In a world that is seemingly always connected, there are still those who cannot take advantage of internet access. According to the 2014-2018 US Census American Community Survey in Palm Beach County, 17%, or 92,000 households, were not connected to high-speed internet. Those households also earn 2.3 times less income, are 4 times less likely to have at least a bachelor’s degree, and were expected to live 8.4 years less.
Now, the Palm Beach community has gathered to bridge this digital divide. Community Partners of South Florida has received nearly $500,000 in grants from Quantum Foundation, Community Foundation for Palm Beach and Martin Counties and other funders. The money will be used to create four full-time positions dedicated to bringing technology access and education to areas of most need in Palm Beach County within the Digital Divide Pilot Program. According to Quantum president Eric Kelly, the five pillars of the program are infrastructure (ensuring towers reach specific areas), a quality devices component (making routers and computers readily available), high-speed internet access, affordability and technology literacy.
Through the program, the CPSFL will hire four community technology navigators and a project manager to work with residents in their homes or at community sites to provide internet service, devices, training, tech support, and educational content. Residents in the western communities of Belle Glade, Pahokee and South Bay, Riviera Beach, and the north end of West Palm Beach will be provided with needed services—either access to WiFi, hardware to connect, education, or all of these things on a case-by-case basis.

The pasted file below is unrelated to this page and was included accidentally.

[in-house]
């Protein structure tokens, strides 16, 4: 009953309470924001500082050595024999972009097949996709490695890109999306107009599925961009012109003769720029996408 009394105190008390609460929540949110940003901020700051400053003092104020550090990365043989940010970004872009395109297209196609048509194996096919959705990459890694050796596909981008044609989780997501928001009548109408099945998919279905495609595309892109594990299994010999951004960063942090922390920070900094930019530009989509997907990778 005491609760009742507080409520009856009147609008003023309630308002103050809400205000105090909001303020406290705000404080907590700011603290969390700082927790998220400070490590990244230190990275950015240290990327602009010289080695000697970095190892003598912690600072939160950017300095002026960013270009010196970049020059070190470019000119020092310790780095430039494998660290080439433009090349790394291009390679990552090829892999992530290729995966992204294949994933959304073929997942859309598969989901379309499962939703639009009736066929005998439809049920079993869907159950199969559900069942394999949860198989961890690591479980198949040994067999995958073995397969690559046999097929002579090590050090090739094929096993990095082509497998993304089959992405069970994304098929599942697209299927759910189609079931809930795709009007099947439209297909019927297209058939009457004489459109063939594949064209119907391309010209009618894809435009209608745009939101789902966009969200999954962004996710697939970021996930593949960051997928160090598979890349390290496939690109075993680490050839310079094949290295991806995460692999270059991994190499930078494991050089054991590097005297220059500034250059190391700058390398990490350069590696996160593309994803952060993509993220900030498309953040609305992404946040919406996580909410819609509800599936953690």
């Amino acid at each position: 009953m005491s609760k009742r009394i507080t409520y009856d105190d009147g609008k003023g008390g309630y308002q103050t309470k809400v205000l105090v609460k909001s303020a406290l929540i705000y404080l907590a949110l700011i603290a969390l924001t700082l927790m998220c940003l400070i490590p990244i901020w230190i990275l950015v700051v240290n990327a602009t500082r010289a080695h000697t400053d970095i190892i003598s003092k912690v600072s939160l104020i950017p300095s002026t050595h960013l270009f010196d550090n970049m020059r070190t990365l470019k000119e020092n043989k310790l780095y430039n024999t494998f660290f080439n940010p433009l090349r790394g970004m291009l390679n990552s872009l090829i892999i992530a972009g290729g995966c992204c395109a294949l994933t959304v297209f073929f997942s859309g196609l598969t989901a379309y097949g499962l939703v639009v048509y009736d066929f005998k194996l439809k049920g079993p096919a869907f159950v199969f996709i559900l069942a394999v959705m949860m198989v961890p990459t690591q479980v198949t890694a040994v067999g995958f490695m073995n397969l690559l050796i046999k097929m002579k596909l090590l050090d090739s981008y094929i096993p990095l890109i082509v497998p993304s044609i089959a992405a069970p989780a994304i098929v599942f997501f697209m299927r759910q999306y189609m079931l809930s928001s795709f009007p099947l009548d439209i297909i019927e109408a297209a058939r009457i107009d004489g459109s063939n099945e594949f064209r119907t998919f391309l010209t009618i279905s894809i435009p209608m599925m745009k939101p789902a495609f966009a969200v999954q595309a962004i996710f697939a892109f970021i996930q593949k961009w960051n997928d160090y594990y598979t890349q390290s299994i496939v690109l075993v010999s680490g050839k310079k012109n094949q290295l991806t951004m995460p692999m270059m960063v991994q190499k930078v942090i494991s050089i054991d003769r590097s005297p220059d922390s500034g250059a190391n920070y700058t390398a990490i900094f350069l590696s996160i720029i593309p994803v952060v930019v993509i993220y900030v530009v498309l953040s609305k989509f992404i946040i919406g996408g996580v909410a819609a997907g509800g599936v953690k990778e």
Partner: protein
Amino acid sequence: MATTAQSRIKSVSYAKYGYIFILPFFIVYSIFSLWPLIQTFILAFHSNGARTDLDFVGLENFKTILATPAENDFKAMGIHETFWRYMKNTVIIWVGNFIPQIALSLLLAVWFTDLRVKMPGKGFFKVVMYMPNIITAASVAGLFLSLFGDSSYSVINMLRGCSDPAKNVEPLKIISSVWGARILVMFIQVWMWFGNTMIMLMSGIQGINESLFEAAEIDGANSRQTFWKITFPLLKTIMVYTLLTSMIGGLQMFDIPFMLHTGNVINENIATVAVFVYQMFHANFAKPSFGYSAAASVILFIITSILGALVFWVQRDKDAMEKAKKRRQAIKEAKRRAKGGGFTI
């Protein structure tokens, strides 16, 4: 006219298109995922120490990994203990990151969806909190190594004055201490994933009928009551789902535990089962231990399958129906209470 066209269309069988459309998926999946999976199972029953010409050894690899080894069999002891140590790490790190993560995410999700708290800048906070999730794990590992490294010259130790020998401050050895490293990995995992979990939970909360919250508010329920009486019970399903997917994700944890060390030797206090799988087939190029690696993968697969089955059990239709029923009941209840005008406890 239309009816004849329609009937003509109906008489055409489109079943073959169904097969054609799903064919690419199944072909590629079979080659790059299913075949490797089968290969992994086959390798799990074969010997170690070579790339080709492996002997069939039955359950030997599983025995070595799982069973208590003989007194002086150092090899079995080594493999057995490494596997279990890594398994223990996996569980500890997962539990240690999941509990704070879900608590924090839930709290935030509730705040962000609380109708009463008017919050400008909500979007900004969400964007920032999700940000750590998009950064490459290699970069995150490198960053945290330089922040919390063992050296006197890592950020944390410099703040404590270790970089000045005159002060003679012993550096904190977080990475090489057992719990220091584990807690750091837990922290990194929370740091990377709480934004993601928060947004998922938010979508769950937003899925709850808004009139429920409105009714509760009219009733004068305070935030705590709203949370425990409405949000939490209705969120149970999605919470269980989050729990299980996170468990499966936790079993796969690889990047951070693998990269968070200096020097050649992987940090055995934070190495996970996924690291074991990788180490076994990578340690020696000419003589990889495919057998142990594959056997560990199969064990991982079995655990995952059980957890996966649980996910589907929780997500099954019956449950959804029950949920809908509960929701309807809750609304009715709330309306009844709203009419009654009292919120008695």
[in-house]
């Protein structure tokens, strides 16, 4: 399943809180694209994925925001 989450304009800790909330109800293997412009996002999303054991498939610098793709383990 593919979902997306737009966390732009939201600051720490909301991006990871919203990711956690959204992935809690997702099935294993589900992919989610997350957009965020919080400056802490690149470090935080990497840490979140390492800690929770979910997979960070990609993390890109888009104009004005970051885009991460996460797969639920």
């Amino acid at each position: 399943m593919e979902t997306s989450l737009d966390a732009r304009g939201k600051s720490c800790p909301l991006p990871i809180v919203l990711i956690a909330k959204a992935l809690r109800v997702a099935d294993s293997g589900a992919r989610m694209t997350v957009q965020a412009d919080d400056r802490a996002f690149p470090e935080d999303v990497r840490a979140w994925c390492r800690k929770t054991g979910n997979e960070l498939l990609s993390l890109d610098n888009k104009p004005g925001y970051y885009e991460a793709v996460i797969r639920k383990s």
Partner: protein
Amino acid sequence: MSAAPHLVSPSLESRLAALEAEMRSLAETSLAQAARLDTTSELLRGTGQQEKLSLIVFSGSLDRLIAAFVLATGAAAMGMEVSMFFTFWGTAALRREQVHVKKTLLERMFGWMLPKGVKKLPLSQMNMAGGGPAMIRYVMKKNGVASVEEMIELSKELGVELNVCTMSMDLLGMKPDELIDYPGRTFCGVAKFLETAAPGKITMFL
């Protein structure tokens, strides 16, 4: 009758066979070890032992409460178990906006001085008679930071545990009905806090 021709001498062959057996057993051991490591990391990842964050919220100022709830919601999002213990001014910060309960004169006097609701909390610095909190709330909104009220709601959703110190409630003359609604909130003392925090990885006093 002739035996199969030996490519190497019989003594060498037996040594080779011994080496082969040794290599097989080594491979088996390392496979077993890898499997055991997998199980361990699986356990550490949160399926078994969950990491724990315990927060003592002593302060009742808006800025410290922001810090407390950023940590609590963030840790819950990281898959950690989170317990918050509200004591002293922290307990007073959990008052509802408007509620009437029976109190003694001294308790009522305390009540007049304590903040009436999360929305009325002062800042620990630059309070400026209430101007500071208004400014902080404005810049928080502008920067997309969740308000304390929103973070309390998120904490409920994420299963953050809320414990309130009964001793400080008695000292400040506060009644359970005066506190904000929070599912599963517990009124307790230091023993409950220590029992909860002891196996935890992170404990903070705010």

Quantum Foundation and other funders anticipate that these actions will allow individuals to access employment opportunities, families to be better able to apply for benefits, seniors to have an easier time refilling prescriptions or participating in a telemedicine visit, and children to get help with virtual schooling—all solutions that can impact a community’s health and well-being.
“Data shows that residents of the most disconnected neighborhoods are expected to learn less, earn less, and live less than the average county residents,” says Eric Kelly, president of Quantum Foundation. “While water, electricity, and mail are known essentials to our society, WiFi has become as vital to our lives as these other utilities. The existing digital divide, made worse by the sudden shift to virtual learning and remote working, has created an environment in which equity gaps are likely to widen for a significant portion of our county’s population. The resulting negative outcomes are expected to further increase the burden placed upon healthcare providers, local governments, and nonprofit organizations to address the consequences of the digital divide. CPSFL, with its comprehensive approach to equity for all residents across housing, mental health and community services, is the ideal strategic partner to help us close the digital divide.”
Recipients will be chosen on a referral basis from schools and nonprofit organizations, and navigators will work with the clients, primarily those lower-income households with students, working-age residents, and seniors with no preset eligibility requirements. The navigator will connect households with available resources and services they qualify for from government resources, and those who do not meet eligibility requirements will be connected with equipment as funding becomes available.
“Digital equity is essential in our efforts to give under-connected communities the access and opportunity they deserve,” said Brad Hurlburt, CFPBMC CEO. “Nonprofit, business, and government must work in partnership with residents and community leaders to close the digital divide so that children have an equal playing field when it comes to their education.”
To learn more about opportunities with the pilot program, click here.